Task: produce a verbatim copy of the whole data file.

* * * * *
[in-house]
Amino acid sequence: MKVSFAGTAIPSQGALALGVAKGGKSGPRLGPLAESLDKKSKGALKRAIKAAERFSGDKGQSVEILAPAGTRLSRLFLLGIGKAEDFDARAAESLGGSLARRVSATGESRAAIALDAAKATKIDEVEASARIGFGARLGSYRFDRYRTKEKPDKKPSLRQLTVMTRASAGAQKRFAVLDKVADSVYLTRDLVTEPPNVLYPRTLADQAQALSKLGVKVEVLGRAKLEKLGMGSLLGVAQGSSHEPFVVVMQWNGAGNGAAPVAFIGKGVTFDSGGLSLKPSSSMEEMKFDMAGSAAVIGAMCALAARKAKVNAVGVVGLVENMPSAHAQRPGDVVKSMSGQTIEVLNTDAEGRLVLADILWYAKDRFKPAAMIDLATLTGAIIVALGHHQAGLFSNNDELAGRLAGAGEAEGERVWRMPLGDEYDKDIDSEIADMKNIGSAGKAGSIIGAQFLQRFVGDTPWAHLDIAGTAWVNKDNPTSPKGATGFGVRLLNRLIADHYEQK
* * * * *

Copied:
[in-house]
Amino acid sequence: MKVSFAGTAIPSQGALALGVAKGGKSGPRLGPLAESLDKKSKGALKRAIKAAERFSGDKGQSVEILAPAGTRLSRLFLLGIGKAEDFDARAAESLGGSLARRVSATGESRAAIALDAAKATKIDEVEASARIGFGARLGSYRFDRYRTKEKPDKKPSLRQLTVMTRASAGAQKRFAVLDKVADSVYLTRDLVTEPPNVLYPRTLADQAQALSKLGVKVEVLGRAKLEKLGMGSLLGVAQGSSHEPFVVVMQWNGAGNGAAPVAFIGKGVTFDSGGLSLKPSSSMEEMKFDMAGSAAVIGAMCALAARKAKVNAVGVVGLVENMPSAHAQRPGDVVKSMSGQTIEVLNTDAEGRLVLADILWYAKDRFKPAAMIDLATLTGAIIVALGHHQAGLFSNNDELAGRLAGAGEAEGERVWRMPLGDEYDKDIDSEIADMKNIGSAGKAGSIIGAQFLQRFVGDTPWAHLDIAGTAWVNKDNPTSPKGATGFGVRLLNRLIADHYEQK